The development is being built on the site of the old St Luke’s hospital and borders Highgate Woods, as well as being accessible for shopping and café culture on Muswell Hill Broadway and all the transport facilities of any London home. Anderson agrees that this is all part of an urban, busy retirement that will appeal especially to a demographic that don’t want to languish on the sidelines.
As such, Woodside Square aims for residents to be integrated in the community life on the development but also in Muswell Hill as a whole and in contrast to more rural developments, won’t have too many facilities on site.
“It’s all there on the doorstep, we’re not trying to reprovide it on Woodside Square,” says Anderson. “That means it’s sustainable, it’s not going to disappear overnight, which is always a danger if you’ve got residents paying for it through charges, it could be subject to cuts.”
A life less ordinary
What of the people who’ve spent a lifetime kicking against the pricks, pursuing a more alternative lifestyle, only to find that they are expected to decline into conformity in later years? For the socially minded, co-housing could be an option. There’s a group being set up as part of Woodside Square, led by social policy academic and cohousing advocate, Maria Brenton.
“Communities are made, they don’t just happen,” she says. “Cohousing is about making a community of friendly neighbours. It’s what the Dutch call ‘eyes on the street.’ If I fell down the stairs tomorrow, nobody in my street would notice.”
In order to foster this sense of community, one of the focal points of the development will be the common house, where residents can cook for each other if they wish, and hold parties and events.
Members of Cohousing Woodside will own homes centred around the common house, with the only visible accommodation to the resident demographic being the inclusion of a lift and bathrooms which can be adapted if necessary.
Other cohousing groups in north London include women-only group OWCH, who will be moving into their (also Hanover-backed) new homes next year.
This highlights a problem faced by a lot of older gay men – that many age exclusive homes are inhabited predominantly by women. They may not be able to change human biology but there are plans afoot to build the UK’s first LGBT retirement housing in the next few years.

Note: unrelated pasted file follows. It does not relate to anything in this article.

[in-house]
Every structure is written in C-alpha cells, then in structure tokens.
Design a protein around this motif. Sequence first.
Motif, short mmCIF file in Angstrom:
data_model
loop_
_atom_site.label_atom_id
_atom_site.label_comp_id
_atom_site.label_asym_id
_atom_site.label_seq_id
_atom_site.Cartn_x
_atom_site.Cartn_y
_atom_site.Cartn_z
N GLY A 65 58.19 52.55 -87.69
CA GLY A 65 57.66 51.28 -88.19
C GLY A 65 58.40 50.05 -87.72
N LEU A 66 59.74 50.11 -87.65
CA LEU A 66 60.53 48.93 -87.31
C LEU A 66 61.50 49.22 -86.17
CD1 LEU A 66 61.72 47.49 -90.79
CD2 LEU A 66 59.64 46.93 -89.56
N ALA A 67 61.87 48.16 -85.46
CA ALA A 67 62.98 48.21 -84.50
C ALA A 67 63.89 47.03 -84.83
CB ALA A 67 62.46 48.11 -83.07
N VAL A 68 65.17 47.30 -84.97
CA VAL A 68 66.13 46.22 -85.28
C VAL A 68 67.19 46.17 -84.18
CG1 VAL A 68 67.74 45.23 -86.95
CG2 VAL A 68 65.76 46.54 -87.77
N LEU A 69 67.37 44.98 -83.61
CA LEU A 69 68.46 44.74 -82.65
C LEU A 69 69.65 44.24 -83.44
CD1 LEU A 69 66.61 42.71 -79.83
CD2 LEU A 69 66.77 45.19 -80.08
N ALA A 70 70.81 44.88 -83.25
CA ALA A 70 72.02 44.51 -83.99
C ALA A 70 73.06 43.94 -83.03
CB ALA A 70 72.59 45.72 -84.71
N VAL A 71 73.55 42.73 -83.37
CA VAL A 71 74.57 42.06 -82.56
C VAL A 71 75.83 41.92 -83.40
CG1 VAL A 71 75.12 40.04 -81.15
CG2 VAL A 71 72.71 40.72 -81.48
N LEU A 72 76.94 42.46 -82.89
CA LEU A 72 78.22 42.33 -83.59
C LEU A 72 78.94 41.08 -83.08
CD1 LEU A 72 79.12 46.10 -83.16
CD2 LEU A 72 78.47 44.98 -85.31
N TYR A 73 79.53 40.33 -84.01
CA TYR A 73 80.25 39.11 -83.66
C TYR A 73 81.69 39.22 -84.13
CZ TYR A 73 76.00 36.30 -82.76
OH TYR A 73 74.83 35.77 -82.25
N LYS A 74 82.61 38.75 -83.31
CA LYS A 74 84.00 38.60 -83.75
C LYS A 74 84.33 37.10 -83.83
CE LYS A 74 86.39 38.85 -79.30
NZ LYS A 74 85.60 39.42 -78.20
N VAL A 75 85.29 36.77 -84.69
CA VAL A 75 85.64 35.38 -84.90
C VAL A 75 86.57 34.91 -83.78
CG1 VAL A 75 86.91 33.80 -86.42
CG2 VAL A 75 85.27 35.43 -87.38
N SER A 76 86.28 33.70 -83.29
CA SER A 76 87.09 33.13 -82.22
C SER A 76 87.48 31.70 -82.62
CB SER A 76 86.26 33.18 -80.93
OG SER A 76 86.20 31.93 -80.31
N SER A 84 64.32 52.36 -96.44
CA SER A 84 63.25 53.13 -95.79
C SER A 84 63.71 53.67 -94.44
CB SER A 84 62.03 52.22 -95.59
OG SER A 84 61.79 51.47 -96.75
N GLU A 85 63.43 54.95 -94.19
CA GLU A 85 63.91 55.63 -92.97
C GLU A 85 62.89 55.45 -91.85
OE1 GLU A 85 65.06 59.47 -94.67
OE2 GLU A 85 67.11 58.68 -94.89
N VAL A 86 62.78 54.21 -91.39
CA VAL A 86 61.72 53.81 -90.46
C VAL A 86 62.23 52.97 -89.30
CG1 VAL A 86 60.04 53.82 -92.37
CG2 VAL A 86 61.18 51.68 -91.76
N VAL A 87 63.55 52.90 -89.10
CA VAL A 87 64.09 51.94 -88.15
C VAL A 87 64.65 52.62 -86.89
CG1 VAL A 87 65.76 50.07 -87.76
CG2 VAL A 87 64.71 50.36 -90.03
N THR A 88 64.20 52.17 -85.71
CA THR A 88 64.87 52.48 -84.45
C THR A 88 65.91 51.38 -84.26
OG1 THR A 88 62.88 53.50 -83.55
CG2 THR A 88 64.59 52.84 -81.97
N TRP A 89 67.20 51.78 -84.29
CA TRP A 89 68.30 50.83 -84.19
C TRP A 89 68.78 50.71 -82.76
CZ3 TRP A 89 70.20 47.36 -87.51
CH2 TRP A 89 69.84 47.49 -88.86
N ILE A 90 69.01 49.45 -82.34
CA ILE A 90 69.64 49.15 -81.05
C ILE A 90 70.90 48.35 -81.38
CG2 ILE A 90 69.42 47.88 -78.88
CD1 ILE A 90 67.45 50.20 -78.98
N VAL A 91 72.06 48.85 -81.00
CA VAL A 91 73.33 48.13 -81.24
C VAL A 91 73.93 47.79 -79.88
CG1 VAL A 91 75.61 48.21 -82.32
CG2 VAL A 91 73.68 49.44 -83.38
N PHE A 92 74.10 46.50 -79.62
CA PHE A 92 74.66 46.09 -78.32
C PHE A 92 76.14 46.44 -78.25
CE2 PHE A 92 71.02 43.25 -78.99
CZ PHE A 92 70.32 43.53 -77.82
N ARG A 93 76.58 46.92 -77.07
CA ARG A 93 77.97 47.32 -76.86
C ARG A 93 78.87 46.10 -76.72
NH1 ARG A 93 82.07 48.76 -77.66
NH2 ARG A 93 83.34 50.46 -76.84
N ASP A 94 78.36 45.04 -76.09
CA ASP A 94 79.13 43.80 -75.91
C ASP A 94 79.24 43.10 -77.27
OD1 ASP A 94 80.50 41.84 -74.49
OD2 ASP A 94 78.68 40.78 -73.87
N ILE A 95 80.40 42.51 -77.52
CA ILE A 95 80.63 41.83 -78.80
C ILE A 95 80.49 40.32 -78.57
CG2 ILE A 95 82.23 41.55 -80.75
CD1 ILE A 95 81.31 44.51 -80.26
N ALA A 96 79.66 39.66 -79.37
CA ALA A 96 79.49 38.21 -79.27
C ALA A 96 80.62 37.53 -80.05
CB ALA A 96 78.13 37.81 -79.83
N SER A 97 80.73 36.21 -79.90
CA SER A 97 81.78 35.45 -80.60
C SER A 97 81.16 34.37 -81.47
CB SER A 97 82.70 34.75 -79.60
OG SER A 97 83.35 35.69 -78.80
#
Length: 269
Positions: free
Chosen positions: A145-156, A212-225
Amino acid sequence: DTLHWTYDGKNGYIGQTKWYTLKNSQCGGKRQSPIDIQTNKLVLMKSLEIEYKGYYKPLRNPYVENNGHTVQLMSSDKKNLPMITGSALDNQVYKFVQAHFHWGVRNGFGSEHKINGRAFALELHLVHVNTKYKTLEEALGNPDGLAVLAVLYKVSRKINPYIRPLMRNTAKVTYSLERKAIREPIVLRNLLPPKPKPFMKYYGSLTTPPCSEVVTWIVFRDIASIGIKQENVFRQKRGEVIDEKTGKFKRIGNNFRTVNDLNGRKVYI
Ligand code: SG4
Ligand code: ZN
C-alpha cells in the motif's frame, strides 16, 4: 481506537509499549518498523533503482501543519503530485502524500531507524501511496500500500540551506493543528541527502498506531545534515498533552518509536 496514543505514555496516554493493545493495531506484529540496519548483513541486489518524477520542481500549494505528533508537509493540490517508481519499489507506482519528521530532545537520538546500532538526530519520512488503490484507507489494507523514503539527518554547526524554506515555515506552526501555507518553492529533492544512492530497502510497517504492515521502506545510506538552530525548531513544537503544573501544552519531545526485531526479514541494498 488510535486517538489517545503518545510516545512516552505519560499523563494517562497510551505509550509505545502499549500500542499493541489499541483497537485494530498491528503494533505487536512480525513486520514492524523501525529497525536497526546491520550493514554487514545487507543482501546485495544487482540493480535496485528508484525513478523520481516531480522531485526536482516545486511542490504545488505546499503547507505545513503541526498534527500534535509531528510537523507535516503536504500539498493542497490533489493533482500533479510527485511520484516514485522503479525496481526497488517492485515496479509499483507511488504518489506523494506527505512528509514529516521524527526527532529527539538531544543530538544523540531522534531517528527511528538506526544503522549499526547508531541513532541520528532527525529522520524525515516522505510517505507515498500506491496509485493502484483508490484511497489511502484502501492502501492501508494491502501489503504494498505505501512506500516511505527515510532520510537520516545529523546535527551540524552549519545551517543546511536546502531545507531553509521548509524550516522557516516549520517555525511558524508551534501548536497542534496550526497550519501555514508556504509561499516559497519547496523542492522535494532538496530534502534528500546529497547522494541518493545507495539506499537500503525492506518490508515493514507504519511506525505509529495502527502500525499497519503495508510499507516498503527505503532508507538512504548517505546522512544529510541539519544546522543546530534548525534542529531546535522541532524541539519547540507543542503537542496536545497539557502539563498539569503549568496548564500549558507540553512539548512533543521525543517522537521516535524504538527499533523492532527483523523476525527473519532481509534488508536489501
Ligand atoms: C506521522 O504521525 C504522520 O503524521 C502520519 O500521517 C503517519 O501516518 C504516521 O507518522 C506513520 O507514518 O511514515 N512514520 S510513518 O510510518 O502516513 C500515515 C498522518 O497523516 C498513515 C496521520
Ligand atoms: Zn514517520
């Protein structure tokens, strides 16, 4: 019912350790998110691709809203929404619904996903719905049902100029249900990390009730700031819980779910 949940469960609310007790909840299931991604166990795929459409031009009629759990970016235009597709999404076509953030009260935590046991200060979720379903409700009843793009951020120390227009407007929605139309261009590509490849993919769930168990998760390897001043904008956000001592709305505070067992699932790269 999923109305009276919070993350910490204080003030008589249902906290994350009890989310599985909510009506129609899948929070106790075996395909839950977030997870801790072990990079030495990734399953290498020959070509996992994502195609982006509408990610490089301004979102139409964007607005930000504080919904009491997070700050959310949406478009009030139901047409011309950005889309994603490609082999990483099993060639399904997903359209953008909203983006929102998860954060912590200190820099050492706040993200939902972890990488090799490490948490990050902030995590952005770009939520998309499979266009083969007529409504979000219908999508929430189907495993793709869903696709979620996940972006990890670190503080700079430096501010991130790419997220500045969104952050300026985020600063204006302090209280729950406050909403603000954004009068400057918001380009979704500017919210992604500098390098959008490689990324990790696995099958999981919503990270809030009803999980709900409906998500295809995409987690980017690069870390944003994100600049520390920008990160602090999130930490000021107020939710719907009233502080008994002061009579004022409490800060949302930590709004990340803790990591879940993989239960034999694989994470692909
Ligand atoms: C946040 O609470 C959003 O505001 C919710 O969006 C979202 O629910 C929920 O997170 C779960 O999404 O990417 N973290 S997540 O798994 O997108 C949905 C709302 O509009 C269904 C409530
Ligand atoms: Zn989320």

James Greenshields, director of Tonic Housing, explains how he and his three collaborators came to start the organisation, which aims to provide housing for older LGBT people, despite none of them having property backgrounds.
“We were astonished not only to find that there was no LGBT provision in the UK at all, but also that what the research showed was there was a very high level of both experience of and fear of discrimination by older gay people when they went into institutional living, or when they employ people in their own homes.”
Their business case was made, and they teamed up with five foundations who have offered initial financial donations for intensive r and d. Greenshields hopes that they will have found a development partner and a site within the next six months and will have started building within a year.
“At the moment we’re looking both in London and in Brighton. We want it to be an urban site, we want it to be in the south east and London and Brighton both have disproportionately large gay populations.
“We want it to be somewhere that people look forward to living in, a broad community with an energy and dynamism. We’re planning a mixed tenure arrangement with a range of affordability, because we want it to be available to the most vulnerable people.
“We also want it to have a majority LGBT population, so that it retains its identity, but with straight people living there too – we aren’t into creating a gay ghetto.”
What all these new developments share is that they shouldn’t be seen as a destination of last resort but as a positive choice.
Roger Black says that Pegasus Life have had 300 serious enquiries already, confounding expectation. “We had this idea that people would be stepping down on the market to release equity. Half of our applicants are doing this, but the other half are stepping up. There may be some people who live in other parts of London who think ‘This is my last roll of the dice, I want to live somewhere really special.’”